Pokémon’s strategic turn-based battle system has been an enduring feature of the video games. Since the very beginning, Pokémon have type-based strengths and weaknesses, as well as a limited number of moves they can learn for battle. Pokémon can only know four moves at a time, so choosing which to forget and which to keep has been among the most difficult decisions that trainers must make when developing their teams and strategies. Some may focus on attacks, while others may balance their Pokémon with both defensive and offensive moves.
Pokémon Legends: Arceus maintains the series’ four-move restriction, but it finally makes some key quality-of-life changes. Alongside its new martial-arts based style system reminiscent of the Pokémon Trading Card Game’s Battle Styles, Legends lets players freely customize their Pokémon’s move sets once they learn new moves.
Since the early days of the Pokémon games, players have had to visit special NPCs to teach their Pokémon moves they didn’t learn when leveling up or to forget moves. The Move Deleter would force a Pokémon to forget one of its moves to free up a move slot, something that was necessary back when Pokémon had to learn Hidden Moves for things like Surf or Fly, which could not otherwise be unlearned. The Move Reminder did the opposite by letting Pokémon learn or relearn moves. With the exception of Pokémon Sword and Shield, the Move Reminder required Heart Scales for services provided.
Recent entries into the series have adjusted how trainers approach move sets. Pokémon Sun and Moon removed the need for HMs that ate a move slot by introducing Ride Pokémon that automatically fulfilled those functions. Pokémon Legends: Arceus continues the Ride Pokémon format while at the same time refining what those Pokémon are used for. Players no longer need to summon a flying Pokémon for instant travel. Instead, Legends’ Hisuian Braviary is used to reach locations in Hisui’s expansive environments that players otherwise could not reach with the rock-climbing Sneasler.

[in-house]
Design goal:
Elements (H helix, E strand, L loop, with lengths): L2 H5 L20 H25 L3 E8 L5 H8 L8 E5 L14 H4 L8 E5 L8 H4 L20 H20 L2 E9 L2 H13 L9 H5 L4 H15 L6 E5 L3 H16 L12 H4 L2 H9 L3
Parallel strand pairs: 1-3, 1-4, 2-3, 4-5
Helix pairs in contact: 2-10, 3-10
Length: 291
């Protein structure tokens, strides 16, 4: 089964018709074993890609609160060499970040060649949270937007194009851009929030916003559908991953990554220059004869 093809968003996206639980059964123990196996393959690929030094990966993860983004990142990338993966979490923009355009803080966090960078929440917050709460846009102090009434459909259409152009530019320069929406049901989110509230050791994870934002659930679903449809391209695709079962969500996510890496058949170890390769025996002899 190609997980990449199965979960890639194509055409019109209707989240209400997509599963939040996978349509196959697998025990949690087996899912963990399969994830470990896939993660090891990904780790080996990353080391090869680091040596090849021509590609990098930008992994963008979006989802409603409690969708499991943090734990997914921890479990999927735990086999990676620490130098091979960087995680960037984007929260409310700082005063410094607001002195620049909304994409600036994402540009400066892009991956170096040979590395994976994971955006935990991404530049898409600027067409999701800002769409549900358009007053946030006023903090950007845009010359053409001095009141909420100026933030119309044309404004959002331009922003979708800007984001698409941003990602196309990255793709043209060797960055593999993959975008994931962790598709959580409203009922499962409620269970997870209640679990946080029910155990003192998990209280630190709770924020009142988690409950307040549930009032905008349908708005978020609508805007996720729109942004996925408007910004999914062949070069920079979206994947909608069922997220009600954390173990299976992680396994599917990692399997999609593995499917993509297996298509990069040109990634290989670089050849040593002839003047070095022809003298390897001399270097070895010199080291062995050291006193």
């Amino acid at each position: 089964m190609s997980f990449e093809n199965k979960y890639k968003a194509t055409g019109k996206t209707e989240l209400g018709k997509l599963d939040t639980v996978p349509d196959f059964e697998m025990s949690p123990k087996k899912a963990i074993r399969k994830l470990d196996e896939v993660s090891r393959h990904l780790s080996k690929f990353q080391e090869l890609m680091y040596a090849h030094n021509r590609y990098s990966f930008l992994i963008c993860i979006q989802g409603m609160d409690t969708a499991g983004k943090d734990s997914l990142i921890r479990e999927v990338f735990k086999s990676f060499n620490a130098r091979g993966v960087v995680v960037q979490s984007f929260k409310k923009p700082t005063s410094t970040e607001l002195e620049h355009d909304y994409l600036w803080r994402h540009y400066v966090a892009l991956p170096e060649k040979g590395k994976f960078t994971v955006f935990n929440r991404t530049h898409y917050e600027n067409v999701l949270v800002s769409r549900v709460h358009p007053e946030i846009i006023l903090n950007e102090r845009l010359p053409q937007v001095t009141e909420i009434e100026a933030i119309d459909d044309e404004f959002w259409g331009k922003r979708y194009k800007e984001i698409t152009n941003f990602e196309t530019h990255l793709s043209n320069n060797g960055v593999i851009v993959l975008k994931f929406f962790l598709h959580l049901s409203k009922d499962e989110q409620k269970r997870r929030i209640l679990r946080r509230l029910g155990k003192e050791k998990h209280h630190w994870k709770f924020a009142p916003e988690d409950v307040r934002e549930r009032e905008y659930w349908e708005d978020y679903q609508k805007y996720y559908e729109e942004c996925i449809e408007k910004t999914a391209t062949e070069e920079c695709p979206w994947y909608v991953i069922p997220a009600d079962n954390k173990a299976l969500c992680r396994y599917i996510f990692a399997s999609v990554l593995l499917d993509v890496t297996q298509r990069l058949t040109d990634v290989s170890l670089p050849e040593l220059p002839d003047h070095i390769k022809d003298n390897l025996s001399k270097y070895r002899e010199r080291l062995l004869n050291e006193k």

Legends makes a big, if subtle, change to the battle system by capping the number of moves a Pokémon automatically learns at four. Instead of Pokémon learning new moves past the initial four as they level up, the player is notified that a Pokémon has had the idea for a new move. Players can then go to the Training Grounds in Jubilife Village to have their Pokémon tutored by Zisu of the Security Corps, for a price.
Zisu will teach Pokémon new moves that they keep as backups to the four they already know, if that Pokémon has already reached its move limit. Players can then customize a Pokémon’s move set in the field without needing to visit Zisu each time. By allowing players to swap learned moves freely, Pokémon can be customized to better fit the various situations players may find themselves in.
One might argue that the convenience of learning moves at will removes some of the system’s tough decision-making. Players no longer need to make a choice over which moves to keep or which to forget. However, this new system in Legends lets players have more agency in the upkeep of their Pokémon’s abilities and promotes a greater emphasis on battle customization, letting players experiment with different moves and strategies while still maintaining the four-move limit.